Wednesday, December 03, 2014
D'Incise - O esplendor natural das coisas e inferno (Moving Furniture)
An intricate, delicately sprawling electro-acoustic piece from D'Incise where the elements seem perfectly graspable but it's (intentionally, I think) very hard to fit them into the process as a whole. to "stand back" and ascertain the work's form. In his notes, the composer states his intention to "break with habits by setting rules of composition abstracted to any musical intention at first" and it's very interesting to hear the result of that attempt. There's something about the sounds involved--hums of various pitch, many layers of crackling sounds, vague allusions to plucked strings--that implies a more clearly structured framework, but D'Incise refuses to provide it, leaving the listener on consistently unsteady footing. Once in a while those hums grow a bit more tonal, begin to seesaw, and you're alert to a possible...statement of some sort. It does well up a good bit, almost achieving a kind of cohesion but then...silence for a few seconds and we're abruptly elsewhere. Those silences obviously disrupt whatever flow has been generated, again destabilizing in a good way. toward the end, the hums become richer still and assume a prominence in the narrative such as it is (there are, per D'Incise, three "story lines" in play). Good, thoughtful work.
Inside/Outside - Territory
I wrote about their earlier release, "Rooms" but despite, that Don Campau (electronics, various) and Russell Leach (percussion, various) are back again with another quite enjoyable, loose conglomeration of abstract songs. The pieces, all instrumental, always have one or more melodic lines, though in a very relaxed, don't-make-a-big-deal-out-of-it manner and have a similar approach to rhythm--almost always present but not in your face. The references are all over the map from gentle prog to kabuki to southeast Asian to free improv noise to cool jazz and much more. Do things turn a bit slick now and then, even have a little kitsch tossed into the mix? Sure, but it, like its predecessor, remains good, inventive fun all the way through. See for yourself.
Ur 1st Luv - Dunlop/Slazenger, 9-15 Bowden St, Alexandria, New South Wales, Australia, 2015 (Access through carpark at 17-21 Bowden St, Alexandria, New South Wales, Australia, 2015) (Avant Whatever)
I'm at a bit of a loss here. The above is the title of this cassette release (heard by me via download), a product of Ur 1st Luv which, as near as I can discern, is a conceptually oriented duo out of Australia. In fact, the place in question exists and is, one presumes, the source of the field recordings herd here. It's an abandoned sportswear and sports equipment factory, and can be read about briefly at this yelp site. A brief note supplied by the label credits four text readers as follows:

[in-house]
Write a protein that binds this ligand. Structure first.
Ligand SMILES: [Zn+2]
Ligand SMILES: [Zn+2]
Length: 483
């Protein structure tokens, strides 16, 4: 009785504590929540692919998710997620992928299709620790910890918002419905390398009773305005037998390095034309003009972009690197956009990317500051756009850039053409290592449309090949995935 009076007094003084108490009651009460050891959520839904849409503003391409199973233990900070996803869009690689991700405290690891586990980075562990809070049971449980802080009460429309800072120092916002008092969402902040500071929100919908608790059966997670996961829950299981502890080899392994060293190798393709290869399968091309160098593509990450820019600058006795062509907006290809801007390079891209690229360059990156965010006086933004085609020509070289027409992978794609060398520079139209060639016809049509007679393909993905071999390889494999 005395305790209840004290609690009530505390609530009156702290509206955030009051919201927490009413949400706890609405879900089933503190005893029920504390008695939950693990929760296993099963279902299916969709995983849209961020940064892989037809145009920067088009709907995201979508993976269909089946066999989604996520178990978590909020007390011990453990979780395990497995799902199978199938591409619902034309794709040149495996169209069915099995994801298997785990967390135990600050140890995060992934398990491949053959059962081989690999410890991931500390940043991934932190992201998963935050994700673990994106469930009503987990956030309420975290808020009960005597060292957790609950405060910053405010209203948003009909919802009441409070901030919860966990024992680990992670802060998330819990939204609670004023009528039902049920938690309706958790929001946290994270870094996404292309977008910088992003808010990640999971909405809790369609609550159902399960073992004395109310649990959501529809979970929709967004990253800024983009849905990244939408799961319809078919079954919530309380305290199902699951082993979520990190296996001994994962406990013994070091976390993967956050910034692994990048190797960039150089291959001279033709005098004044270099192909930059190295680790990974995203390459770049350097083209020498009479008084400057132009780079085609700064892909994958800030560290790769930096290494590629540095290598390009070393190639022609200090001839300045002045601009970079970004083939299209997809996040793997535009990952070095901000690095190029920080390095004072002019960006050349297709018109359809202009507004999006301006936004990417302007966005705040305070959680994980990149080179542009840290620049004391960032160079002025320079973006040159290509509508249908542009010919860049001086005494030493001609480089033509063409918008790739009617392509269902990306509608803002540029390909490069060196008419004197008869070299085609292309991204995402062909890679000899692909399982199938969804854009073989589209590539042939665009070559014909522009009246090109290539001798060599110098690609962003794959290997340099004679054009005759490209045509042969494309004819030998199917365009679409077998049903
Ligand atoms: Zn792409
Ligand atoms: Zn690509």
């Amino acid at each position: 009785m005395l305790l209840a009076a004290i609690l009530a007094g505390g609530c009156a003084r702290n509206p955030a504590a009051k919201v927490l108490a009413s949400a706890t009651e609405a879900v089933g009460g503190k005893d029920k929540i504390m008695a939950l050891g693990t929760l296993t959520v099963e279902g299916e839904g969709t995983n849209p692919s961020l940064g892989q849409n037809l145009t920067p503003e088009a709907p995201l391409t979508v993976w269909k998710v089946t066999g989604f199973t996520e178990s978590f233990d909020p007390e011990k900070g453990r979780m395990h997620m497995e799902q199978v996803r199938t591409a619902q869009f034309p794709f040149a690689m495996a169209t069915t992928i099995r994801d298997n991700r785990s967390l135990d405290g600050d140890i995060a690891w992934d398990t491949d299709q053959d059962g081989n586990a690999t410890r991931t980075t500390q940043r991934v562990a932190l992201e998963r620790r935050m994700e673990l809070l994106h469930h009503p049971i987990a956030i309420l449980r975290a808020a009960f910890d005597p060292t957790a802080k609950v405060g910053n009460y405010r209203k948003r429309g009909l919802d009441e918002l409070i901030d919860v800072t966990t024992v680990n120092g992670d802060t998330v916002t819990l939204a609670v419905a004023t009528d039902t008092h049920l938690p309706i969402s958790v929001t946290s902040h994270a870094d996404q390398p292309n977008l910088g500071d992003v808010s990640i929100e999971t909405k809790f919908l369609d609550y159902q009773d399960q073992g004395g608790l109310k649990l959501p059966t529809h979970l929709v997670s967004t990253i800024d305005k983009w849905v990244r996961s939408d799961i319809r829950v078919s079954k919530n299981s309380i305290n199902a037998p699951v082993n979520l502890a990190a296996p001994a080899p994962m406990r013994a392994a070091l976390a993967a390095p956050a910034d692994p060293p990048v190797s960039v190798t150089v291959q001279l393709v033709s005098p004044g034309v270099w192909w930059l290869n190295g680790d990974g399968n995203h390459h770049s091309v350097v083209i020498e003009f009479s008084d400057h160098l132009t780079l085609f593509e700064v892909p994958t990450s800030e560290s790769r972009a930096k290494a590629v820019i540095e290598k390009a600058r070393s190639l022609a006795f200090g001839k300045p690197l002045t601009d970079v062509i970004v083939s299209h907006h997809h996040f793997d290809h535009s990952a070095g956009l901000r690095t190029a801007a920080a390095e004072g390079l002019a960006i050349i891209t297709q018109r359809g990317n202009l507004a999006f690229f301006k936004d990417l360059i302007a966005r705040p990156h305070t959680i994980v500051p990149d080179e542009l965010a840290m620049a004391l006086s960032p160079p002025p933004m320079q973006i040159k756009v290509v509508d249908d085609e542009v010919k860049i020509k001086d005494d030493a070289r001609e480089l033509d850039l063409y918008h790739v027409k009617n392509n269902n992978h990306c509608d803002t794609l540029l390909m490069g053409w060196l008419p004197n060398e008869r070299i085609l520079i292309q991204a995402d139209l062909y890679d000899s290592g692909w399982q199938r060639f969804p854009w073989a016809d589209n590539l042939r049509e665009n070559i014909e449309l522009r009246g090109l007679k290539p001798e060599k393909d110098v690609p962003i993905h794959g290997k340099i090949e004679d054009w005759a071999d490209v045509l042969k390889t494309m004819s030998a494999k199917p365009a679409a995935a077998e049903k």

First text read by “volvo” (Graffiti Writer)
Second text read by John Davies (Tyre Technician: KMART Tyre and Auto, Parramatta)
Third text read by Marion Pilborough (Land and Property Information NSW: The Department of Finance and Services)
Fourth text read by John Alexander (Former Australian Tennis Champion and Federal Member for Bennelong)
There are nine tracks, the first and longest of which seems to establish the sense of place: you do have the feeling of being at a large, abandoned site, with echoing bangs arising every so often but also with a consistent high tone and a metallic, semi-rhythmic clanging, each of which strike me as intentional, though I could obviously be wrong. Whatever the case, it's quite evocative, casting a Stalker-like feeling over the proceedings. We next hear the first text, read by a non-emotive male voice in sequences of single words, a list of sorts with no narrative content (perhaps words found graffitied on walls in the factory?), separated by a couple of seconds each. The remainder of the recording alternates between shorter ambient samples similar to the first track (the third features distorted PA announcements that are subtly chilling) and readings by the remaining people listed above. Davies reads from what appears to be a tyre manual, Pilborough various mortgage or land use documents, Alexander a short bit on tennis shoes. The texts are dry and boring; in context, they're quite interesting! The site recordings are superficially sparse but actually rather fleshed out, if thinly, as of departed spirits. Their oppressiveness, with indications of large, impersonal mechanical activity, just beyond the wall, combines with the texts to produce a grimly fascinating document of decay and corporate ghosts. Intriguing release, well realized.